Just one comment: sorry


Politics is not a soap opera. A serious sense of purpose and a united, dedicated application has returned, says Simon Hoare MP

Simon Hoare MP
Simon Hoare MP

Older readers may well recall the slightly disconcerting 1986 scene in the TV series Dallas when Pam Ewing wakes up, enters her en suite bathroom and finds her husband Bobby in the shower. The previous year, Bobby had been written out of the series, killed in a car accident. He returned, much to the surprise of viewers, and was met with Pammy declaring she had had a horrible dream. The period of his absence was immediately erased and life carried on as normal.
Politics is a serious business. It can’t just erase memories. Decisions made affect the lives of us all every day.
Politics is not a soap opera.
That said, it has somewhat felt like one over recent months and for that I want to apologise.

A one-act tragedy
The government has not looked serious about discharging its important duties. The events of ‘partygate’ and Paterson combined to create a toxic environment in the country and in Parliament that led, as we know, to the fall of Boris Johnson (no returning ‘Bobby in the shower’ moment for him).
Over the summer – when the country was looking for answers, reassurance and support – the governmental pause button had been pressed while a new leader was selected.
The short-lived Truss government, more one-act tragedy than long running soap opera, needs no further comment.
Apart from one: sorry.
The principles that underpinned the mini budget were basically the right ones. The UK needs to see sustainable growth. Individuals, rather than the State, know best how to support their families with their own money. Our tax system needs to be competitive in order to attract investment and so on … The principles were true but the preparation and delivery were appalling and the impact on mortgages and confidence made worse by its avoidability.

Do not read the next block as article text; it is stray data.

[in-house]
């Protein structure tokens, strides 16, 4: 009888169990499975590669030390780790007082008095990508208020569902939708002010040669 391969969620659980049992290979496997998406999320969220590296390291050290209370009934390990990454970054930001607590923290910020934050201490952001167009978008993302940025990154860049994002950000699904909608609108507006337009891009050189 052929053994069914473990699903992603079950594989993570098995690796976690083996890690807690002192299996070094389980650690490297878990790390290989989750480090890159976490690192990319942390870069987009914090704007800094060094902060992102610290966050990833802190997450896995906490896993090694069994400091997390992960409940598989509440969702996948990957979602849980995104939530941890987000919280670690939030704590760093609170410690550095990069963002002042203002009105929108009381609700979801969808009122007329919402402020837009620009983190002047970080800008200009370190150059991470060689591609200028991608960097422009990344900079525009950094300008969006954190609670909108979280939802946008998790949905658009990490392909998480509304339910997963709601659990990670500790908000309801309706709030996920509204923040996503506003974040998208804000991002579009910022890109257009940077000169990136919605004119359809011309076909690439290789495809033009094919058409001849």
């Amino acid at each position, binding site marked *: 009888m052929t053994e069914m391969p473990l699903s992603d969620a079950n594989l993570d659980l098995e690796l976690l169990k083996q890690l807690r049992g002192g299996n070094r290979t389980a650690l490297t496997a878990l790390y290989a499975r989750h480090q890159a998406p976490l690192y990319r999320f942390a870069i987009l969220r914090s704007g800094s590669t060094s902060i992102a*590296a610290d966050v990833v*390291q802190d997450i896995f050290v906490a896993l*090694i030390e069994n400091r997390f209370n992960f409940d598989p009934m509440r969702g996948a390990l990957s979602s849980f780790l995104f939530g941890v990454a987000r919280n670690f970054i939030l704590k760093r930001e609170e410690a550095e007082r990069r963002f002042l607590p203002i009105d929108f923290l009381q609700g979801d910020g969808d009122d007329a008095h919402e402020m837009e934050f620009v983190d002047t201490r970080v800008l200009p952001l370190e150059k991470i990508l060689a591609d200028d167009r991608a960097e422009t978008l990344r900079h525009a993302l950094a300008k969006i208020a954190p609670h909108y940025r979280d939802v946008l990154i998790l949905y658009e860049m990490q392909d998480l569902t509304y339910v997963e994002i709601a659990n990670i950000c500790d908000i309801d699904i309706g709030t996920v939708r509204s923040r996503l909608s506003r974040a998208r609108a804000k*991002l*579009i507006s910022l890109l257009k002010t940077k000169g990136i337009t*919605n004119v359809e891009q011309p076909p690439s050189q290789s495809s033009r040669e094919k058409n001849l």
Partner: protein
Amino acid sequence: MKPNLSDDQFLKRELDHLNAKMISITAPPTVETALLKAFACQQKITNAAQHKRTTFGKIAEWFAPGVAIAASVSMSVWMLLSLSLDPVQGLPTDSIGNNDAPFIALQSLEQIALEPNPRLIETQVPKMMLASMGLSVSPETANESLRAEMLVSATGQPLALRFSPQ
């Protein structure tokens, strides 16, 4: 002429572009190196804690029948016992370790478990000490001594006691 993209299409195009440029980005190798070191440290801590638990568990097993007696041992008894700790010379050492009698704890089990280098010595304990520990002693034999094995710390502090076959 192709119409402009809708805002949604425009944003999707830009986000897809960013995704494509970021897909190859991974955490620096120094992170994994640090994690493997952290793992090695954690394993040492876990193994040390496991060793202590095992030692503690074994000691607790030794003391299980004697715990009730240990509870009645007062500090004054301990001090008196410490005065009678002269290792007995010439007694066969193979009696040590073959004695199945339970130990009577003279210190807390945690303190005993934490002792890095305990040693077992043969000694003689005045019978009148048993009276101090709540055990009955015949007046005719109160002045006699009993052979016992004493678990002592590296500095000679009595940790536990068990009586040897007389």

While the markets are now steadier, the UK’s reputation is repairing and the Government emanates an air of seriousness, a sense of purpose and of dedicated application, I am not so naïve as to consider that all is either forgiven or forgotten. The Government has a big job to do and little time to do it in. The appointment of Rishi Sunak as Prime Minister and his retention of Jeremy Hunt at the Treasury are important reputational rebuilding foundations. The Cabinet that Rishi has appointed represents all views and opinions across the Conservative party, rather than being solely drawn in the narrow image of the Leader. I firmly believe this will make for better decision making and more robust scrutiny of policy. The mood of the parliamentary party is dramatically improved. Left, right and centre of the party are speaking to each other again – sometimes for the first time in many years. There is a sense of re-purposing, focus and hellbent determination to deliver.

Not just tories
I know some people reading this will be irritated and, in some sense, correctly saying ‘the UK is more than just the Conservative party’. They are, of course, right. But my party did win a commanding majority over all other parties in the House of Commons. We are right to recommit to repaying the trust the British people vested in us.
Which brings me to a closing thought on the call of some for a General Election. Given all the country has gone through since the New Year, I really do remain to be convinced that the policy delivery vacuum of a drawn-out election campaign is in the interests of our country or our economy. The ship needs to be steadied and the course reaffirmed first.
My second argument against a General Election is that we have a representative parliamentary system, not a presidential one. No individual is elected directly as prime minister. As you will know, individuals standing under a Party banner are elected to serve constituencies, and it is the sum of those results which puts a party over the line in order to form a government, that being more than 325 MPs. It is then a matter for the House of Commons to decide whether it has ‘confidence’ in that party. My party has yet to lose a single vote in the Commons. If a confidence vote were held tomorrow, there would be a massive majority in favour of it. The King has asked Rishi Sunak to form a Government. He has done so. He and it commands the confidence of Parliament. Let us not move any further to defining how our democracy works through the prism of ‘personal presidential politics’.
The Government has work to do to regain your trust. I will do all I can to help my party do so.


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